Pushing the Right Button

After struggling to guard the quicker guards in the early season, junior guard Jason Bohannon has gone through a defensive transformation in a matter of weeks, bringing a new weapon to his dangerous arsenal, thanks to a little prodding by his coach.

BLOOMINGTON, Ind. – The Monday after suffering a three-point loss at Marquette, Bo Ryan wasn't afraid to give junior Jason Bohannon a some good-natured ribbing … or so Bohannon thought.

Two days earlier, Ryan gave Bohannon the task of guarding Marquette senior Dominic James, after which the Wisconsin head coach compared the performance at points to a cement mixer trying to herd a sheepdog.

"Anytime a coach says that, they're trying to find ways to motivate your game," Bohannon said of Ryan's quip. "I just had to learn how to play quicker defense against some of those quicker guards."

Although James only scored 10 points on 4-for-10 from the floor, Bohannon had been frozen by the quickness of the season and knew that he had to improve.

Eleven weeks later, the differences, and the comparisons, are like night and day.

Drawing the assignment of Ohio State sophomore Jon Diebler on Saturday night, the Buckeyes' third leading scorer at 12.5 point per game, Bohannon limited Diebler to only four shots and a season low two points in 40 minutes, helping the Badgers survive with a five-point victory.

The comparison his coach gave this time was much more complimentary.

"Jason Bohannon never took a possession off defensively," Ryan said after. "He looked like Michael Flowers chasing out there. He was chasing hard."

From cement mixer to Michael Flowers in less than three months is a profound statement for Bohannon, a guard known more for his perimeter shot than his stifling defense.

"Mike was a tremendous defender and a tremendous teammate," Bohannon said. "Anytime you have a guy a couple years older than you, you try to take a couple of things from him because he is that caliber player.

"It's important to me to become a good player that does everything right," he added. "Whether it is defense, rebounding, getting an assist, it doesn't matter. I just want to be a good fundamental basketball player."

Bohannon and the Badgers hope both are on display Thursday against Indiana (6-18, 1-11 Big Ten), a team who has played much better than its record indicates. Despite the Hoosiers, who are being coached in their first year by Tom Crean after he spent nine seasons at Marquette, tying its record for most conference losses in a season, Indiana has lost only six conference games by double digits and three by 20 points or more.

Not all bad considering the Hoosiers were pummeled with NCAA sanctions, transfers and have a roster consisting of eight freshmen and four transfers.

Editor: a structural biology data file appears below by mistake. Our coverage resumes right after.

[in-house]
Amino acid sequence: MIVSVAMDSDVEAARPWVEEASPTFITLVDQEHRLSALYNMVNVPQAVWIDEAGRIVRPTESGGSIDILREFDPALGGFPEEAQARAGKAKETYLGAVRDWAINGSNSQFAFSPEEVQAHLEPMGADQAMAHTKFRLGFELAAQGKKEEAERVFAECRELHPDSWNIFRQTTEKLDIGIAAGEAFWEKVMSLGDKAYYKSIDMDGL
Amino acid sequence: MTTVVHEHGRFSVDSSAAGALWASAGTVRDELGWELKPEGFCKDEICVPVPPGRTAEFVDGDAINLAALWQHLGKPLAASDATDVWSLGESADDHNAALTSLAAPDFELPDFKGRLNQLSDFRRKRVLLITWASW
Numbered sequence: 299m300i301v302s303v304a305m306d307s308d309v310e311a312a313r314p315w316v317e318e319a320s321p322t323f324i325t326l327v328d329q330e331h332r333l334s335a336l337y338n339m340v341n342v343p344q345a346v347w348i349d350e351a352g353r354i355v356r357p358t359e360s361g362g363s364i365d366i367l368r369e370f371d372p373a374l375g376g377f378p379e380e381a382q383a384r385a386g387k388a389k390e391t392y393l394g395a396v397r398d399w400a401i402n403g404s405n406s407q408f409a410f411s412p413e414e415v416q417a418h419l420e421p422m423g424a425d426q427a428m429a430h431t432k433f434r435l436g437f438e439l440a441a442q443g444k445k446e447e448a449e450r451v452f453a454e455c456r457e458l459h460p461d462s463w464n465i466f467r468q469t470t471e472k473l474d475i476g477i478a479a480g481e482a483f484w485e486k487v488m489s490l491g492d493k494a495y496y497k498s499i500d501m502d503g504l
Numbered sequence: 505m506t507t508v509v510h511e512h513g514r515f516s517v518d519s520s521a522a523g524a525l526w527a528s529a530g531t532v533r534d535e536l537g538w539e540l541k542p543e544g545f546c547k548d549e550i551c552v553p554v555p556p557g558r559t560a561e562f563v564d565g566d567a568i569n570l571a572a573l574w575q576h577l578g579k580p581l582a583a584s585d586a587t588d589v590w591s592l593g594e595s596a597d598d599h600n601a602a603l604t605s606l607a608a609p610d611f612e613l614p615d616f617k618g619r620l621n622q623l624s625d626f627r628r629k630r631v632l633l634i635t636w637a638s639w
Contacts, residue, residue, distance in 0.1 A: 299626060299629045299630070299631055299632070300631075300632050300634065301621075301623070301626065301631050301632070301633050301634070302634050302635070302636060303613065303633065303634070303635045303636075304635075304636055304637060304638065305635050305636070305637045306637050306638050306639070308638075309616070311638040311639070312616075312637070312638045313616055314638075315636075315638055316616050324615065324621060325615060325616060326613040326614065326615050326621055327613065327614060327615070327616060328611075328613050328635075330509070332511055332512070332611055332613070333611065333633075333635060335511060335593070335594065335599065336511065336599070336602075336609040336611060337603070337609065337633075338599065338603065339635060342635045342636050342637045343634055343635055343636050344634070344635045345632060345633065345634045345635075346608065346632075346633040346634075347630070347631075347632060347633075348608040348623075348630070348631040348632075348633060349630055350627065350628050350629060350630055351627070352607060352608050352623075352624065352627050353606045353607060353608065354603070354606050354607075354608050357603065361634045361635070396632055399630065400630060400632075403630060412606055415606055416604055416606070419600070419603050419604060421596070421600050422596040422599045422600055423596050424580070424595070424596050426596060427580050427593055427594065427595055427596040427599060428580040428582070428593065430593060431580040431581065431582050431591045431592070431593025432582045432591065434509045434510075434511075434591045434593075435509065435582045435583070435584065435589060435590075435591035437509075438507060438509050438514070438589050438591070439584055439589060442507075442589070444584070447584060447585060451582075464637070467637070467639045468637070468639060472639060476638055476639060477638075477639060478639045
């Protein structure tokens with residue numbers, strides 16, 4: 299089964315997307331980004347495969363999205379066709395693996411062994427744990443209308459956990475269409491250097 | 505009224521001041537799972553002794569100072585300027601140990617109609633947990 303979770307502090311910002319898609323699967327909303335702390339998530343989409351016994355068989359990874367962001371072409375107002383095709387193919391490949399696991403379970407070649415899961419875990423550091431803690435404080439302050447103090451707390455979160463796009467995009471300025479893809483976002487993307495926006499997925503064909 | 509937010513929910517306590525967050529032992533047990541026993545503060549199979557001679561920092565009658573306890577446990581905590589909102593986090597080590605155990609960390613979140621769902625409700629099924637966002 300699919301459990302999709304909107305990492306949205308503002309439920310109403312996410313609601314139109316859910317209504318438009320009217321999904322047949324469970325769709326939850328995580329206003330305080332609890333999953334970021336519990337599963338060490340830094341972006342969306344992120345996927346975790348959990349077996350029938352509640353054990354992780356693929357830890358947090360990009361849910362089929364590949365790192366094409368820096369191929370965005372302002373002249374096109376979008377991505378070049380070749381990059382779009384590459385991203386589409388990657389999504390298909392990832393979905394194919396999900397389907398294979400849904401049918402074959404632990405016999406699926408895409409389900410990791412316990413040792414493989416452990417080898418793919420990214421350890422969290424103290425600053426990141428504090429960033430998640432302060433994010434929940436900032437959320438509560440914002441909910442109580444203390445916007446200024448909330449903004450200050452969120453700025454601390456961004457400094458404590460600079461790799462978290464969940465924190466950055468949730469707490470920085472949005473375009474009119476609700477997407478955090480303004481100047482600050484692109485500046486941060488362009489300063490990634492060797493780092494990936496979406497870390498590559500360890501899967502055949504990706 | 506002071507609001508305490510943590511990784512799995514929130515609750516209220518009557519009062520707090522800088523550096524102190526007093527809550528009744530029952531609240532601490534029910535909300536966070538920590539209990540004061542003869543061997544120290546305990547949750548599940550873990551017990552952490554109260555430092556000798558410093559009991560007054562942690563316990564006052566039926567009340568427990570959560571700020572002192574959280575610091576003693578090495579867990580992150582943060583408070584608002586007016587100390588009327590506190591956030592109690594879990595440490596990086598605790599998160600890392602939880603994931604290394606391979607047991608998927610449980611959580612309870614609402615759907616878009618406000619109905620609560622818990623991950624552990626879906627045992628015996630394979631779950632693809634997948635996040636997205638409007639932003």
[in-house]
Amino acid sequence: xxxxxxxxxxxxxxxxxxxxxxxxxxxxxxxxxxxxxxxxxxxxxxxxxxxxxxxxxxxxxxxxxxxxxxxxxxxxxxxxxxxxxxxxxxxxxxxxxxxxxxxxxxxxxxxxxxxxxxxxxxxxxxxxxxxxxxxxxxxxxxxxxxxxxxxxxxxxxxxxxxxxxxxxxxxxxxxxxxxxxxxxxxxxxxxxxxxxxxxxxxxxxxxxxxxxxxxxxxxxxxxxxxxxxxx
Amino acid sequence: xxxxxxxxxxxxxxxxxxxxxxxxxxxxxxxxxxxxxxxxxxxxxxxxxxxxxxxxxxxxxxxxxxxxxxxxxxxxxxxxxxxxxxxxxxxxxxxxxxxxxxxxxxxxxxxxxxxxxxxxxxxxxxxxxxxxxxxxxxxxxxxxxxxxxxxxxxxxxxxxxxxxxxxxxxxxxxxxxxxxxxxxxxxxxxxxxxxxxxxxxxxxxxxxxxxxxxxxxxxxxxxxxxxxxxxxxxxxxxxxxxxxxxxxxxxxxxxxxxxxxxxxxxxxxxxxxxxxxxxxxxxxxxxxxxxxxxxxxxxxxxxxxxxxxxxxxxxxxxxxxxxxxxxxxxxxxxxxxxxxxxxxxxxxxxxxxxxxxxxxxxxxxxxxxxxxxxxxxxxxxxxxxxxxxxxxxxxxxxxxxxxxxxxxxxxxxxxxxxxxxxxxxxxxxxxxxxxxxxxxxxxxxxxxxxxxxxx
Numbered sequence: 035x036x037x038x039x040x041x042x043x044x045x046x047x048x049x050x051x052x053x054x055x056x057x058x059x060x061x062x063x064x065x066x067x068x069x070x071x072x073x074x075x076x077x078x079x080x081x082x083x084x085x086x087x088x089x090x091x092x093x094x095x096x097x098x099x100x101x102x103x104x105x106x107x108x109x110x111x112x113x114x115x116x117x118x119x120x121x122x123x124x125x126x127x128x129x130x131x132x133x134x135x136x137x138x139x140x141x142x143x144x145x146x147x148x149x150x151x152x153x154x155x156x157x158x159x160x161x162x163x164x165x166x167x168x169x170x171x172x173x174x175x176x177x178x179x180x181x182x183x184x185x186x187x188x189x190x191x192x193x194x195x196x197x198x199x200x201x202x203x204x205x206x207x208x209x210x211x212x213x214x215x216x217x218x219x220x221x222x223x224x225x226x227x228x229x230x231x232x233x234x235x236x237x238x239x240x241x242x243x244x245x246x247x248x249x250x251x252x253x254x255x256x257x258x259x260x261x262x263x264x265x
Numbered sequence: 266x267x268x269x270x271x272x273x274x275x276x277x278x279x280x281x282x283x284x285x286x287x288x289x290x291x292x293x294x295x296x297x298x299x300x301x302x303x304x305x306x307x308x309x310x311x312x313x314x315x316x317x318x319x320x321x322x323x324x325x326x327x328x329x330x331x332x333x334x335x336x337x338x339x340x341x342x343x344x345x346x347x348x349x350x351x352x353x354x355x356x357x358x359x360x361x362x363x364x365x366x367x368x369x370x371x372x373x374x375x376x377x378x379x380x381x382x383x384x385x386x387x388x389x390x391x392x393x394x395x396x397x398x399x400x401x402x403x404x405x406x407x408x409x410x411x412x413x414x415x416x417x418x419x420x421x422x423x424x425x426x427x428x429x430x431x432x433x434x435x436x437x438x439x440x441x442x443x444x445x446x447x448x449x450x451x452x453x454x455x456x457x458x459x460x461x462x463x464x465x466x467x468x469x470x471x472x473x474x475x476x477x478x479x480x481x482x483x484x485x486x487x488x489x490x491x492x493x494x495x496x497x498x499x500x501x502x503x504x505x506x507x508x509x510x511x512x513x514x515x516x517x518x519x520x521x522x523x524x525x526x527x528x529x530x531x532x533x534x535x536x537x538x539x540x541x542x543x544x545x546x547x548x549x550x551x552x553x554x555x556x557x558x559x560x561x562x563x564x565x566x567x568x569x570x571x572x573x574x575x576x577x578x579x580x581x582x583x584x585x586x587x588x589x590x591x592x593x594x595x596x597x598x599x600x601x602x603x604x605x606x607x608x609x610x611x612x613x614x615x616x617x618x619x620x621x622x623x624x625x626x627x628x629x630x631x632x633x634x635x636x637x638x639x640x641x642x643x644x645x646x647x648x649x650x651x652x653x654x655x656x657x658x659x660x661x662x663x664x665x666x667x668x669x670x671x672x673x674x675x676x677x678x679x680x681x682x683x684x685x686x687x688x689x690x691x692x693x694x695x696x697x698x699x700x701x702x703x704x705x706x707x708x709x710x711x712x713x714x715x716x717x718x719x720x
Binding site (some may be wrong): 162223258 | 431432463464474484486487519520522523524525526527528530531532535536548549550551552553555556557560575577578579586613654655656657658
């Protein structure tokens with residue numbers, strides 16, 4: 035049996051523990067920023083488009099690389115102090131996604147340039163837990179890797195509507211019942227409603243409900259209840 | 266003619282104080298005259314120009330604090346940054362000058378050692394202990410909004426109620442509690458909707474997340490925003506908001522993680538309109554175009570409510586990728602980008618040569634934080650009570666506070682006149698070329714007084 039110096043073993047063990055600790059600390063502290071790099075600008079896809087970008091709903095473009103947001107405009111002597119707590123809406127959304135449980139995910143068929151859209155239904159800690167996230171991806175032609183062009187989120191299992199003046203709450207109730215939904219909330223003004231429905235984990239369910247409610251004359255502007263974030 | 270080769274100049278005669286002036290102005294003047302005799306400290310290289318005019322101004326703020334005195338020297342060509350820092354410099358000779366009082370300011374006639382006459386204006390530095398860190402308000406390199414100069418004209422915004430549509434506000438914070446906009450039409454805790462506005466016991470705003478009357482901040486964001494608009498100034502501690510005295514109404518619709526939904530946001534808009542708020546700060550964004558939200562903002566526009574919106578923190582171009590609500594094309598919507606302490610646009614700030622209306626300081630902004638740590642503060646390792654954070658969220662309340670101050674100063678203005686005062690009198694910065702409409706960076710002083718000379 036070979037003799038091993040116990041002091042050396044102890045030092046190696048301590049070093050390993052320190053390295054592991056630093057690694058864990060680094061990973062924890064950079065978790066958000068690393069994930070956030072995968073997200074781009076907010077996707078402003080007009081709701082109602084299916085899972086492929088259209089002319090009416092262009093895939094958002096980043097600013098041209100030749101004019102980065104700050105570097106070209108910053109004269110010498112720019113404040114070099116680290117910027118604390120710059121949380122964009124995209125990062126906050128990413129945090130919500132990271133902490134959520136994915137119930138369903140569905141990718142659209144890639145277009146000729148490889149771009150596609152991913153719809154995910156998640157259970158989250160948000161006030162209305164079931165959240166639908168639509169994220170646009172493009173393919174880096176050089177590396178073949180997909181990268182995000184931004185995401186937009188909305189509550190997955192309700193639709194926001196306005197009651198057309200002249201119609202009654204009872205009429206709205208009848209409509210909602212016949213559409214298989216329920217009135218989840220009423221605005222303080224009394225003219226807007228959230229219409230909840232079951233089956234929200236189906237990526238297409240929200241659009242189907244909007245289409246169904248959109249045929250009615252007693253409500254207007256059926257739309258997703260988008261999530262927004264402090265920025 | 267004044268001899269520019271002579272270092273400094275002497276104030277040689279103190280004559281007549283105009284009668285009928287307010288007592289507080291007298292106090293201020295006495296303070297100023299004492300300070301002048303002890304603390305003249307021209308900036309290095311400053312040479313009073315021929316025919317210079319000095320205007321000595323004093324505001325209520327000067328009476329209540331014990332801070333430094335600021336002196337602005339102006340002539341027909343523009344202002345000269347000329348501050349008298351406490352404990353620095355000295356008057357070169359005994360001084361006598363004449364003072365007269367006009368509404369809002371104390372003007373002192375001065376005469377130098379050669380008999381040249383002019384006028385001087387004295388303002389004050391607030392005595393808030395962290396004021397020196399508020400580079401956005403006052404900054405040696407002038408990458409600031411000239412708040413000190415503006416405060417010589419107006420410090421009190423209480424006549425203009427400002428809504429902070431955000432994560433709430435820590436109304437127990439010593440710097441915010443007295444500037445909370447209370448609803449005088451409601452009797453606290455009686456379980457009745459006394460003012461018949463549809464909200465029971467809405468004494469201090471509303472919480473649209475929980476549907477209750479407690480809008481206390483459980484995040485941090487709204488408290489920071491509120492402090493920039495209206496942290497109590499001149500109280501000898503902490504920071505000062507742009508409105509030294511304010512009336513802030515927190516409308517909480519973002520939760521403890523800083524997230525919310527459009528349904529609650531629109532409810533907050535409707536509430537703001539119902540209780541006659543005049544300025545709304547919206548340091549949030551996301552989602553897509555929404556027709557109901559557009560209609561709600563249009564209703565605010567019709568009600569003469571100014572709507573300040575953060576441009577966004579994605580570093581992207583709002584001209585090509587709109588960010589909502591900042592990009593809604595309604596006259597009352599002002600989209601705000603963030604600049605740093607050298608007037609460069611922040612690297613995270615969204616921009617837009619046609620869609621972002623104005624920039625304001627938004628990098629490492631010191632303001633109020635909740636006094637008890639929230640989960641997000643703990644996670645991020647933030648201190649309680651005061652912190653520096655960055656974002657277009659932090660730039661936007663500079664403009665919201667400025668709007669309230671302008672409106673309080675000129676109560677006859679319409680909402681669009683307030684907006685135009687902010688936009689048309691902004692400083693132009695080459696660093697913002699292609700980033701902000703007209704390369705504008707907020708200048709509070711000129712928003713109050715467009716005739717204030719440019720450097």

"You can tell they are a good team," Bohannon said. "Coach Crean does a good job of teaching those guys to play hard on every possession. The games they have lost, at Assembly Hall especially, have been close games down to the wire. They have a lot of capability and potential, but they just aren't finishing out. They've had ups and downs and we don't want them to start up against us."

If anyone knows about peaks and valleys, it's Bohannon. In addition to being labeled as a piece of machinery, Bohannon's shot evaded him during Wisconsin's torturous stretch, shooting 33 percent (14-for-45) from the floor, numbers that mirrored an early season funk where Bohannon shot 18.9 percent (7-for-37) in the Virgin Islands and against Wisconsin-Milwaukee.

"All the shots have been there in those so-called slumps," Bohannon said. "You just have to keep shooting (and) if it's there, take advantage of it. I never really counted, but the rim has been kind to me the last couple of games. As long as I am taking advantage of good shots, the percentages will play my way."

The percentages have turned favorable in the last six games,as Bohannon has shot 55.2 percent from three-point range and has scored in double figures three times, including tying a career high with 20 points against Illinois, breaking UW's six game losing streak.

Now he's being compared to the like of Flowers and Clayton Hanson, another sharp shooter that Ryan molded into a solid defender over the course of his Badger tenure.

"If we were to try and tell people when Clayton Hanson was a freshman or sophomore that he was going to be a chaser on some really quick shooters, we would have been laughed out of coaching," Ryan said. "By the time Clayton was done, it was kind of like J-Bo. J-Bo commits to the task, chases hard and he's there when I guy catches."

With Wisconsin hoping to gain ground in the conference race on an important two-game road stretch, finishing up Sunday at No.6 Michigan State, Bohannon could care less if he's labeled as a defensive standout or deadly marksman. All he just wants is for his team to keep focused on taking care of business, which started the moment UW walked off the court Saturday.

"It's all one game at a time," he said. "We had some big wins last week, but Indiana is the next game on the schedule. Coach Ryan's mentality caries over to us. As long as we stay even keel, things will play out our way."


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